The changing geopolitical dynamics of Afghanistan have multilateral roots on various fronts. The peace agreement between the US and Taliban earlier this year marked a historic landmark not only for Afghanistan but for all the regional players that have been involved in the long-standing war in Afghanistan. The biggest causality of this war has been the people of Pakistan. The conflict encompassing decades has scuffled Pakistan on both political and economic grounds. Now with the United States set to withdraw its troops from Afghanistan by May 2021, Pakistan is in the process of re-formulating its ties with the war-torn nation.
Pakistan has been an advocate of enduring peace and stability in Afghanistan, which was made clear by its presence in the Doha Agreement signing ceremony between the Afghan Taliban and the United States, asserting its position and the continued role it had played in bringing stability in Afghanistan. The talks between the US and Afghanistan that resulted in the joint agreement were facilitated by Pakistan’s assistance which in turn laid the foundation for a dialogue between Taliban and Afghan leadership.
While Pakistan fully endorses peace settlements between the two factions it is also wary of the outcome that a hasty pull-out might entail. The intra-Afghan dialogue is the most significant factor to be taken into account as the US withdraws its troops from Afghanistan. The negotiations that would take place, as a result, would be at a slow pace and might reach numerous deadlocks before coming to a meaningful conclusion. Based on his opinion article, as published by The Washington Post, the Prime Minister of Pakistan Imran Khan is of the opinion that a swift withdrawal of international forces form Afghanistan may trigger the opposing factions of Afghan leadership and the Taliban to reach an impasse in their peace agreements which might later turn into a military stand-off. This air of prudence is justified on the grounds that there are various regional actors involved, each working to advance their personal geopolitical means.
These remarks come at a time when New Delhi works to solidify its presence in Afghanistan. Previously India marked its profile by contributing to various development projects and providing military training. Now with the changing dynamics with the US all set to withdraw its troops, India can be seen extending its influence to take the place of the US. The Afghan government and India have enjoyed strong ties and have been building constructive relationships. Recently India has also been working to establish ties with the Taliban to solidify its geopolitical stronghold in Afghanistan in the aftermath of the US withdrawal. Now with the Afghan government also recognizing the Taliban as a political entity, India is less hesitant to form a relationship with the anti-establishment group, while another reason for this sudden change in India’s policy amounts to counterbalance Pakistan’s ties with Afghanistan.
In the past Taliban have inclined towards Pakistan, with Pakistan playing an essential role in the peace deal between the US and the Taliban, however, the recent turn of events is showcasing a different stance taken by the Taliban. The history between Pakistan and the Taliban long persists in the current peace deal and dates back to the time of the Soviet invasion, which has often led Pakistan in the hot waters in the international arena. Now with the changing dynamic, the relation has been strained from both sides. Taliban on its front want to appease them and gain the support of the general public which is wary of Pakistan while at the same time they want to establish ties with other nation-states and build their own relationship with them that is independent of Pakistan. On the other hand, Pakistan is not seeking to support a full Taliban led government as it might have religious repercussions for the Pakistani state. Moreover, it wants to maintain amicable relations with the Afghan government and for it to not shift majorly towards India. This would also ensure Pakistan’s image as a regional US ally under the new Biden administration.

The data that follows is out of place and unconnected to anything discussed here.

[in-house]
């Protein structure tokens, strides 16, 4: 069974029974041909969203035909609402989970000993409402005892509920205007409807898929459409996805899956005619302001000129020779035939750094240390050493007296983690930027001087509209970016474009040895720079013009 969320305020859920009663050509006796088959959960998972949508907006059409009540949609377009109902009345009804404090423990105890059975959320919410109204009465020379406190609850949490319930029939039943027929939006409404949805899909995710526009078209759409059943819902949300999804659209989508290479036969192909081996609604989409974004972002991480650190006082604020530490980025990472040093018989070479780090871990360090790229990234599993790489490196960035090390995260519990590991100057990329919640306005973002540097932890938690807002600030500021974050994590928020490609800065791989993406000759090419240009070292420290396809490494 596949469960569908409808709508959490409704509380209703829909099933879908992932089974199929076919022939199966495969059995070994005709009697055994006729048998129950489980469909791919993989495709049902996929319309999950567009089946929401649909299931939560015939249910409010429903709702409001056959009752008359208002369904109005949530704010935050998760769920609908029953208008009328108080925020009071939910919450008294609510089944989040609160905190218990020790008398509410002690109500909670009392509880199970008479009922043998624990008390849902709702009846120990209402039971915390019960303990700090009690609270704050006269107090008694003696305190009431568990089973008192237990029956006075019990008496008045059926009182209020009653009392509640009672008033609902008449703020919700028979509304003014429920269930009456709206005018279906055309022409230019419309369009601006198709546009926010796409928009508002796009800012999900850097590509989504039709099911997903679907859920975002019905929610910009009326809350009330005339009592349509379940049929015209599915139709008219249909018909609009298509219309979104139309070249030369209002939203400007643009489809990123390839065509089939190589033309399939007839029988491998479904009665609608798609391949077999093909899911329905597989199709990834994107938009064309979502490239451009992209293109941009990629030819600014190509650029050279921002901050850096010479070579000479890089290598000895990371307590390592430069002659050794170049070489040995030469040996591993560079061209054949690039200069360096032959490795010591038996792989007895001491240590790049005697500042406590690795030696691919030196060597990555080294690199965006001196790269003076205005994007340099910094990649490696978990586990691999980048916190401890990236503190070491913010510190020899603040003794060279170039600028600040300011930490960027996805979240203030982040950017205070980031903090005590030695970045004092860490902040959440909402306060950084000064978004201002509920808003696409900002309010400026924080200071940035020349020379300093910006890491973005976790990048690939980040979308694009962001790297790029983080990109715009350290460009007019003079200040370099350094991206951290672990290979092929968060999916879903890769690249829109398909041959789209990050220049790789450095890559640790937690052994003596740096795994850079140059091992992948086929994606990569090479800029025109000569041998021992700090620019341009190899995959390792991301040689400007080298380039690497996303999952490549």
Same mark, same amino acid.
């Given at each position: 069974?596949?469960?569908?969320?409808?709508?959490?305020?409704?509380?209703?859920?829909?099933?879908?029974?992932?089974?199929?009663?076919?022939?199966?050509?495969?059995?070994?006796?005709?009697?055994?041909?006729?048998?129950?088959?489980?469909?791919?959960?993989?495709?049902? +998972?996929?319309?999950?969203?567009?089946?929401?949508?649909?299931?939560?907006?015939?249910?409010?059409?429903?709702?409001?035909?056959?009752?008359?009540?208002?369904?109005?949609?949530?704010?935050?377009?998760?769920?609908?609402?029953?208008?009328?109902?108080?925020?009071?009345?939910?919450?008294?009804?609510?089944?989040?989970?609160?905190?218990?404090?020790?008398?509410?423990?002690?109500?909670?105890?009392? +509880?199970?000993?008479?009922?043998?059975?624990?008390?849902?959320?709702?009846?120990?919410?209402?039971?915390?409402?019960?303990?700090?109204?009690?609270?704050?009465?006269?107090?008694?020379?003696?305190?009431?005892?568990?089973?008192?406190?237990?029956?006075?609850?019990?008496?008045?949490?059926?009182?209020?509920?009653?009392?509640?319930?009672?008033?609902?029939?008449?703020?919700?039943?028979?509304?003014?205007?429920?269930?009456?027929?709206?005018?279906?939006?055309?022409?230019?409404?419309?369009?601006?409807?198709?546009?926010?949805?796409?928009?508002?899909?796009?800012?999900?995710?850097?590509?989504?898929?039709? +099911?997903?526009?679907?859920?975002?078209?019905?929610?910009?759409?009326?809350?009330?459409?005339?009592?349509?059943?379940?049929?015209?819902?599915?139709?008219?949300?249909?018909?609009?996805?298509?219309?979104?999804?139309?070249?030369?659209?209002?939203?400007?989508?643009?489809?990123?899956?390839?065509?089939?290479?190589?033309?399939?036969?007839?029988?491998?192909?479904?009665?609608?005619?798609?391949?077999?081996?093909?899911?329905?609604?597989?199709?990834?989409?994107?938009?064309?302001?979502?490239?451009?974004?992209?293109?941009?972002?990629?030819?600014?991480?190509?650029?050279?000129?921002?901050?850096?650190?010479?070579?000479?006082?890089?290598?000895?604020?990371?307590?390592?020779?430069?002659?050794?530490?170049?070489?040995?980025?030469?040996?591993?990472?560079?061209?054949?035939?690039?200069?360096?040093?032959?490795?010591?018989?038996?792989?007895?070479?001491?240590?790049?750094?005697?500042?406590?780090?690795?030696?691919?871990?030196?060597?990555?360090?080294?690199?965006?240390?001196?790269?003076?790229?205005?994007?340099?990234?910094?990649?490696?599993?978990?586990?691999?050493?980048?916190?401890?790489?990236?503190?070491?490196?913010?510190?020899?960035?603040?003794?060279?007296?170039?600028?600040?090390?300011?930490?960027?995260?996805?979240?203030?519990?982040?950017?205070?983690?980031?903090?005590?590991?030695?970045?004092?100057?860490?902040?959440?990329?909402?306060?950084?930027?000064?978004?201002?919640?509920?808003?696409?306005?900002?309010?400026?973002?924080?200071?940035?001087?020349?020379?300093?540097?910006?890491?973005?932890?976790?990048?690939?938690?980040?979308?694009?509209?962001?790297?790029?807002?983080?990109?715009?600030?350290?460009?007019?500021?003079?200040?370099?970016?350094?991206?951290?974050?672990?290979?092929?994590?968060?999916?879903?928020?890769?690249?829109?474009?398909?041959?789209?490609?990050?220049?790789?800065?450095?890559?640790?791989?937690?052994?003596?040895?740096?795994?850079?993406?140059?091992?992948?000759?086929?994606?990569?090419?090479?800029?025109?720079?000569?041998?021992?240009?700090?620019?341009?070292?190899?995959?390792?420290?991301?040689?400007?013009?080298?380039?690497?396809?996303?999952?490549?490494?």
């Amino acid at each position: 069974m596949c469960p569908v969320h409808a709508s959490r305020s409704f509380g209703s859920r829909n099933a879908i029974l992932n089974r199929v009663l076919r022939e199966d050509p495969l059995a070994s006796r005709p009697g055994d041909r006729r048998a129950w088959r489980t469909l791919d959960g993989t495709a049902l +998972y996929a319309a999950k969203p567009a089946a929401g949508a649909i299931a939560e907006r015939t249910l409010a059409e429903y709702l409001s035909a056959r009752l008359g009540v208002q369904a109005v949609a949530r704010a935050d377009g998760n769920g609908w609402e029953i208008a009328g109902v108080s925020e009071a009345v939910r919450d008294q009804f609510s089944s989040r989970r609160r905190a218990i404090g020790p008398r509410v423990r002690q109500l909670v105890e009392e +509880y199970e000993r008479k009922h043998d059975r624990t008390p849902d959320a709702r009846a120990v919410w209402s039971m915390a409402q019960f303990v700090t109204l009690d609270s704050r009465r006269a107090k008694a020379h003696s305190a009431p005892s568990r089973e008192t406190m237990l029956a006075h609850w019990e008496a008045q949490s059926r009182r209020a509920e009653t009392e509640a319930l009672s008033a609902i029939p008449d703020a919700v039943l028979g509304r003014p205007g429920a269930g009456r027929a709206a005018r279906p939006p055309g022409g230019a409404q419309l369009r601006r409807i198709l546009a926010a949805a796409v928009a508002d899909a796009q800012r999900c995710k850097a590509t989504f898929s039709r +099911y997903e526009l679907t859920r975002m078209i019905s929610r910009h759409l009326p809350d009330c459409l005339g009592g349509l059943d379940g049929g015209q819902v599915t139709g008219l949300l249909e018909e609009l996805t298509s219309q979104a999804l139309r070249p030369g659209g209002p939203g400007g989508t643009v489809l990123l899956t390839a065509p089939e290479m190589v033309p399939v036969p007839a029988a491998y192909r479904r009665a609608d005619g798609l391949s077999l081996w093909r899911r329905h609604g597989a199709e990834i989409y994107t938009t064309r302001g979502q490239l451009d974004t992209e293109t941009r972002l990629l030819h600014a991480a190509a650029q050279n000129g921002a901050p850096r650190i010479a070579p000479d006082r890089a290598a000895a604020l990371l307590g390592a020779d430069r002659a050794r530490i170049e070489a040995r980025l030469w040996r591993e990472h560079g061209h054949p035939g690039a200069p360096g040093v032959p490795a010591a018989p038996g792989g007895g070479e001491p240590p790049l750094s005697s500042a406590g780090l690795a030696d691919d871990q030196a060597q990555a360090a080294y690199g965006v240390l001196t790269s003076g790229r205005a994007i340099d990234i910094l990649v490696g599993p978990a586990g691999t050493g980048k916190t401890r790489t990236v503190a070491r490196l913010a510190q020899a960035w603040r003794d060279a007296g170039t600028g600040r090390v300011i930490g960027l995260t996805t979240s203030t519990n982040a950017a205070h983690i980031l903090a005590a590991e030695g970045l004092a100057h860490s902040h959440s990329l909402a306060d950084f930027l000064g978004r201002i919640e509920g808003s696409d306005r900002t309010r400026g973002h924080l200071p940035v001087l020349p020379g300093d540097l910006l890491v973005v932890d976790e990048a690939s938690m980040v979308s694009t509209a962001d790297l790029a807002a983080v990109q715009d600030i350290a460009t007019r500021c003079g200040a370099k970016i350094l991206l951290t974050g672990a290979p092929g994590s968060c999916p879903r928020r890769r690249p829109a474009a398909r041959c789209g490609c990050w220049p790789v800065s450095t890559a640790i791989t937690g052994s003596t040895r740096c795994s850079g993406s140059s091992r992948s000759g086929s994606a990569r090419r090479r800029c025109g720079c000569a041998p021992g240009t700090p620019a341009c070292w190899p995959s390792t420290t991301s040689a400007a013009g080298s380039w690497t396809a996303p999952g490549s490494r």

With the US planning its departure from Afghanistan, new geopolitical actors will emerge to hold off the falling pieces. While the Intra-Afghan peace negotiations transpiring between the Afghan government and the Taliban would result in the future establishment that would form in Afghanistan, there is speculation that Taliban forces might not have a foreseeable future in Afghanistan as now the movement is just based on ideological grounds lacking strong leadership. This might result in an internal divide further weakening the movement’s ability to match the development requirements on the international front. What the Taliban have is the power of might rather than strategic goals which have deemed them rather unpopular to rule as an establishment. In light of this, the regional responsibility falls upon Pakistan as the most influential actor in its dealing with the Taliban. The extent to which its influence might be needed to fully stabilize the region is still up for debate.